Rump Roast Braised in Ale
- Herb and Dry Mustard Rub
- 2 teaspoons chopped fresh sage
- 2 teaspoons chopped fresh thyme
- ½ teaspoon ground coriander
- 2 teaspoons dry mustard powder I use Colman’s
- 1 teaspoon dark brown sugar
- 1 tablespoon salt
- 2 teaspoons freshly ground black pepper
- 1 4- pound rump roast tied
- 3 strips thick-cut bacon cut into ¼-inch-wide pieces
- 2 cups homemade beef stock see or canned low-sodium chicken broth, plus more if needed
- 1 12- ounce bottle porter or bock beer
- 1 teaspoon dark brown sugar or more to taste
- 6 pitted prunes
- 1 teaspoon caraway seeds
- 4 bay leaves
- 6 cups thinly sliced onions 2½-3 pounds
- 8 garlic cloves
- 2 cups peeled carrot chunks
- 1 pound cremini mushrooms sliced
- 2 tablespoons coarse-grain mustard
- 1 tablespoon malt vinegar or more to taste
- Salt and freshly ground black pepper
- Preheat the oven to 350°F.
- Rub: Combine all the ingredients in a small bowl and rub all over the roast. If there’s extra rub, save it to add to the braising sauce. Heat a large Dutch oven over medium-high heat. Add the bacon and fry until brown.
- Remove from the pot, drain on paper towels, and set aside.
- Add the roast to the pot and sear for 4 to 5 minutes on one side, or until nicely browned. Flip over the meat and sear for 4 to 5 minutes more, or until the other side is nicely.
- Remove the meat and pour off all but 3 tablespoons of fat.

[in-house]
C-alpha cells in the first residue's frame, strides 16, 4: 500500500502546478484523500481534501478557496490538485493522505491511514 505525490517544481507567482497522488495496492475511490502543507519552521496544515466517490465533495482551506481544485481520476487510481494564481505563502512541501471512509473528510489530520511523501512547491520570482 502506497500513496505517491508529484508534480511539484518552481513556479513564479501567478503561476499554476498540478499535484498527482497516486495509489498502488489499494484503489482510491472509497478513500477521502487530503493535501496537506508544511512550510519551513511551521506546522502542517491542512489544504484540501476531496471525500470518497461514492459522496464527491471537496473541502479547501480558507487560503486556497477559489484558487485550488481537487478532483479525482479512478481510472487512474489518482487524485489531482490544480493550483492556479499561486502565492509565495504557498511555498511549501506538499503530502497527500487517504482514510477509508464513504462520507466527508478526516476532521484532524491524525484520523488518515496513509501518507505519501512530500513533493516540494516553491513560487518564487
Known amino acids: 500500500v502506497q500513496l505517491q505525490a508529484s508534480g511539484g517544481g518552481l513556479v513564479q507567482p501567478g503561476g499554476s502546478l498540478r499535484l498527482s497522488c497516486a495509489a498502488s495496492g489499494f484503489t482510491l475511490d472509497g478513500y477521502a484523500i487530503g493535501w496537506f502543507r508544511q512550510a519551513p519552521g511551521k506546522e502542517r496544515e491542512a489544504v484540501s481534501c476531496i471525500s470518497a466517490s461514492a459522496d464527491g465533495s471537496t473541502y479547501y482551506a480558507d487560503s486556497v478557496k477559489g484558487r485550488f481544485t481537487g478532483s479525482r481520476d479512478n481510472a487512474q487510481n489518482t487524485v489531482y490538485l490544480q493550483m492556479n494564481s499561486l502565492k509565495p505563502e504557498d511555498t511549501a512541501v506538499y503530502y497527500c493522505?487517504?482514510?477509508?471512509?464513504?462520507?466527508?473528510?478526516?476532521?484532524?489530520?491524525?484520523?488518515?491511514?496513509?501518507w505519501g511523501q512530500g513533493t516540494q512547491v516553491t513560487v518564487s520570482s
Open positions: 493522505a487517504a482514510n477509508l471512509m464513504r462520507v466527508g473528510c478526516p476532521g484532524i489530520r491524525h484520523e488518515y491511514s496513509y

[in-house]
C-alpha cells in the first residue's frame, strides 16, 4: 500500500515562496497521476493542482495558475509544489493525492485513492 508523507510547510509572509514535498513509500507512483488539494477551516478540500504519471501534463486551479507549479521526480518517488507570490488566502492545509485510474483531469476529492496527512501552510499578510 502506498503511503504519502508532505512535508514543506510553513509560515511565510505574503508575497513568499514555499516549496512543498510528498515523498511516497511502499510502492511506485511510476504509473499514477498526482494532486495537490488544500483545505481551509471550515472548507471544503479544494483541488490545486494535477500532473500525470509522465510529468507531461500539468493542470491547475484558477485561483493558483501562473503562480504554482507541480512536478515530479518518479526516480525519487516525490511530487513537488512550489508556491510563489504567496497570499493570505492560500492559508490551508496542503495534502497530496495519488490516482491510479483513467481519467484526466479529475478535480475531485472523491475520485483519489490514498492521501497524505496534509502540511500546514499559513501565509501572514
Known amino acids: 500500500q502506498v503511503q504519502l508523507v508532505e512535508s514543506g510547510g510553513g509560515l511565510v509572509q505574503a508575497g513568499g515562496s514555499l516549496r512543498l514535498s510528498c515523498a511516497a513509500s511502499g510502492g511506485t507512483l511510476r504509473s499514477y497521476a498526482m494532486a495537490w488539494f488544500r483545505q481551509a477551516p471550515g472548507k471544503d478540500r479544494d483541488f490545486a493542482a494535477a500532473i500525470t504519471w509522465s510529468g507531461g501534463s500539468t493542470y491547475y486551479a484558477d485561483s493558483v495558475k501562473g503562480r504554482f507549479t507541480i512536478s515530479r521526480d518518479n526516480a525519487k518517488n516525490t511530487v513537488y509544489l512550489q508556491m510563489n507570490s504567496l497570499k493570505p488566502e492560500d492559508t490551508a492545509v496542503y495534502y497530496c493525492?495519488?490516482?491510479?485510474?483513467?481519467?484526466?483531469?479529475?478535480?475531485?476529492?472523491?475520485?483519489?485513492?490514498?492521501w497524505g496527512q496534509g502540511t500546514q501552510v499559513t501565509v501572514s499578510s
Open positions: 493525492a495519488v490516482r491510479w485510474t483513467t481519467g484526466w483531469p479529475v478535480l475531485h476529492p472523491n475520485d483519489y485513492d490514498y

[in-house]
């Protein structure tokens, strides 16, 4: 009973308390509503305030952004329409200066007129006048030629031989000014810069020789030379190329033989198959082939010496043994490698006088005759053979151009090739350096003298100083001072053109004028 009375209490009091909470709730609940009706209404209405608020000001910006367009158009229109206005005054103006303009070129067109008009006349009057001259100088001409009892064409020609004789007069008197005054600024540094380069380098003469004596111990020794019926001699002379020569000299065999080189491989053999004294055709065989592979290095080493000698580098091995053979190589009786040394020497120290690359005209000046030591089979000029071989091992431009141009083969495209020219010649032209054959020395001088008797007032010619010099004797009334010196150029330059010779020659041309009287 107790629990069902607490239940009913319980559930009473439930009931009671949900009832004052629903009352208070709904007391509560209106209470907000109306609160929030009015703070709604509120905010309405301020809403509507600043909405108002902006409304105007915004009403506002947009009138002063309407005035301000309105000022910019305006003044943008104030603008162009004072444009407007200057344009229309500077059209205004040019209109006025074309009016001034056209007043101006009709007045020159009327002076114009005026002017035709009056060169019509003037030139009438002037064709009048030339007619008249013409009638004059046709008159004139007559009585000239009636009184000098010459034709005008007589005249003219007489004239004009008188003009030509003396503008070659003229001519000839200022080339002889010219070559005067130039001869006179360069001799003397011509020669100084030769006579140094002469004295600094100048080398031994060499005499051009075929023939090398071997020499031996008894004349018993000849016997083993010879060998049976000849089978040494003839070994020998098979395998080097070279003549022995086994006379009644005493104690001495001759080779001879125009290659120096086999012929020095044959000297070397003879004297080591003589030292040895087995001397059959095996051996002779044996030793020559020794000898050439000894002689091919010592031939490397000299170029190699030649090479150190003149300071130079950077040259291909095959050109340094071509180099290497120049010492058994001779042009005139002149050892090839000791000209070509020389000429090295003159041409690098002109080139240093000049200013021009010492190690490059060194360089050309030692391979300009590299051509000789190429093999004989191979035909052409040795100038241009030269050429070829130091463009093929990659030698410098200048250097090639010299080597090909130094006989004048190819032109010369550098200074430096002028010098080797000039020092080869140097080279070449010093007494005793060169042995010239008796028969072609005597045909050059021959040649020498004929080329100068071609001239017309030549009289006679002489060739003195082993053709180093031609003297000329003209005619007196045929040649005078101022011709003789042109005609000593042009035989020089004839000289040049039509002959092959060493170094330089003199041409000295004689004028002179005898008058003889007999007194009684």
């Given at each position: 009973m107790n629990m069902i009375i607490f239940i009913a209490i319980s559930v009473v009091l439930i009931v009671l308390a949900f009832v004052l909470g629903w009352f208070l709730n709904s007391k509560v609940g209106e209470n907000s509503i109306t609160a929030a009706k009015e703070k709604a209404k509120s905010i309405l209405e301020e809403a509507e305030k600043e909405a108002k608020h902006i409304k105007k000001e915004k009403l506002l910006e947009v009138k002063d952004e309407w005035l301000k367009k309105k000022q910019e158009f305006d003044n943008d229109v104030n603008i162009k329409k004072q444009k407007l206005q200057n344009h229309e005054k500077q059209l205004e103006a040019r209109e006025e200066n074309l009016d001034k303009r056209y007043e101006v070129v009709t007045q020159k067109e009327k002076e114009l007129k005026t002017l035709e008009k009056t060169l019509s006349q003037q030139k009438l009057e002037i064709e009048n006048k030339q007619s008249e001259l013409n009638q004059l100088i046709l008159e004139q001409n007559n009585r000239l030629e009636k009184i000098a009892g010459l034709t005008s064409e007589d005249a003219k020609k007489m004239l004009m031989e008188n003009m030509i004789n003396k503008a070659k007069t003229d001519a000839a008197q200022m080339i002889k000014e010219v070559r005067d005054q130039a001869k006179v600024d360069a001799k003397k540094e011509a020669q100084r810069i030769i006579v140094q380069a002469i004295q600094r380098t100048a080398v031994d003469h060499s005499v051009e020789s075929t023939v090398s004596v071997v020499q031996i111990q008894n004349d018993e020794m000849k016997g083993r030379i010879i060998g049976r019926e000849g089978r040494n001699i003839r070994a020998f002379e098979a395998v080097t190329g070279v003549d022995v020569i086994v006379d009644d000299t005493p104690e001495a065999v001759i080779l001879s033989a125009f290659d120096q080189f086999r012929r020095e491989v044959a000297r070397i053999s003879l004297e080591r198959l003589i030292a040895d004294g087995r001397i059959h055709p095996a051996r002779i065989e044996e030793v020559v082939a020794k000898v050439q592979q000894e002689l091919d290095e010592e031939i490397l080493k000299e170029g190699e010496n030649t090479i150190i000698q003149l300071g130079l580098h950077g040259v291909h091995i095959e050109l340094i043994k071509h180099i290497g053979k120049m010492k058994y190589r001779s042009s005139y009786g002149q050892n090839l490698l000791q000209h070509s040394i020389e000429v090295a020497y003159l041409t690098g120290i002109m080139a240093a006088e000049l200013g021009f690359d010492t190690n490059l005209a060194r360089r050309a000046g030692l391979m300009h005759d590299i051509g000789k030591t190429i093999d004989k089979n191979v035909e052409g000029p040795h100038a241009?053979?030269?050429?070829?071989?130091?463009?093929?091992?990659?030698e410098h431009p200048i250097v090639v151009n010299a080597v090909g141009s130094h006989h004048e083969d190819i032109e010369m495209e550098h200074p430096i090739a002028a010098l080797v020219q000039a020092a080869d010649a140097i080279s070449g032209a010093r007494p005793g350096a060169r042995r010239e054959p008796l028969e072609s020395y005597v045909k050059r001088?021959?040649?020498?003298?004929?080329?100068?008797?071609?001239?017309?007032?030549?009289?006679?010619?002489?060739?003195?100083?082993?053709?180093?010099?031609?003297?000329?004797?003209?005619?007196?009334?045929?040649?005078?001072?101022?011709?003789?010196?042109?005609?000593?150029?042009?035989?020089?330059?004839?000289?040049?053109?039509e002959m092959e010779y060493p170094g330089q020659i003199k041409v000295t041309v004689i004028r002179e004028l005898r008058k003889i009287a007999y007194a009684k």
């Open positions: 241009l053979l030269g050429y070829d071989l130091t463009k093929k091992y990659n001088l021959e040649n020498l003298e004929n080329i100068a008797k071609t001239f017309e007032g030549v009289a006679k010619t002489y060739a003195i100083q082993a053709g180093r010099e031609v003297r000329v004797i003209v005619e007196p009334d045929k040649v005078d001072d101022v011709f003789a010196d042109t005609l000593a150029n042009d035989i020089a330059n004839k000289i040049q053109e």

- Pour the stock into the pot, scraping up any browned bits from the bottom of the pot. Stir in the beer, brown sugar, and any extra rub. Return the meat to the pot, fat side up, and scatter the reserved bacon, the prunes, caraway, bay leaves, onions, and garlic over it. Cover the pot and bake for 1 hour. Remove the lid and turn over the roast so that the onions fall into the liquid. Bake, uncovered, for 30 minutes more, stirring the onions and adding stock or water if it evaporates.
- Cover and bake for 30 minutes more. Lift up the meat and add the carrots and mushrooms to the liquid in the pot.
- Cover and bake for 15 to 20 minutes more, or until the meat and carrots are tender. (You can refrigerate the meat in the sauce overnight. The next day, remove the meat and congealed fat. Finish the sauce by adding the mustard and vinegar. Slice the cold meat and rewarm in the sauce.)
- To finish the sauce, remove the solids from the pot and keep warm, covered with aluminum foil. Discard the bay leaves. Remove any fat from the surface of the sauce and, if desired, boil the sauce to concentrate it. Whisk in the mustard and vinegar and season to taste with salt, pepper, additional vinegar, and/or brown sugar. To serve, remove the twine and slice the meat, then spoon the sauce, prunes, and vegetables over.
- Alternative Cuts: Brisket (increase the cooking time by 1 hour). Sirloin tip, eye of round, and bottom round—look for roasts with some marbling. Any rolled and tied roast from the chuck—cross-rib works well, as does chuck-eye roast.
slightly sweet Riesling.
If you don’t have malt vinegar, use cider vinegar.
To add more body to the sauce, puree all the prunes and ½ cup of the cooked
onions in a food processor and add back into the sauce. Leftovers For a real German treat, serve slices of rewarmed roast over egg noodles tossed
with some sauce, carrots, and mushrooms and garnished with a dollop of sour
Leftovers make great Reuben-type sandwiches: Cook some sauerkraut in the
leftover braising sauce. Slather toasted rye bread with mustard, then layer on
rewarmed slices of meat, some sauerkraut, and slices of Swiss cheese.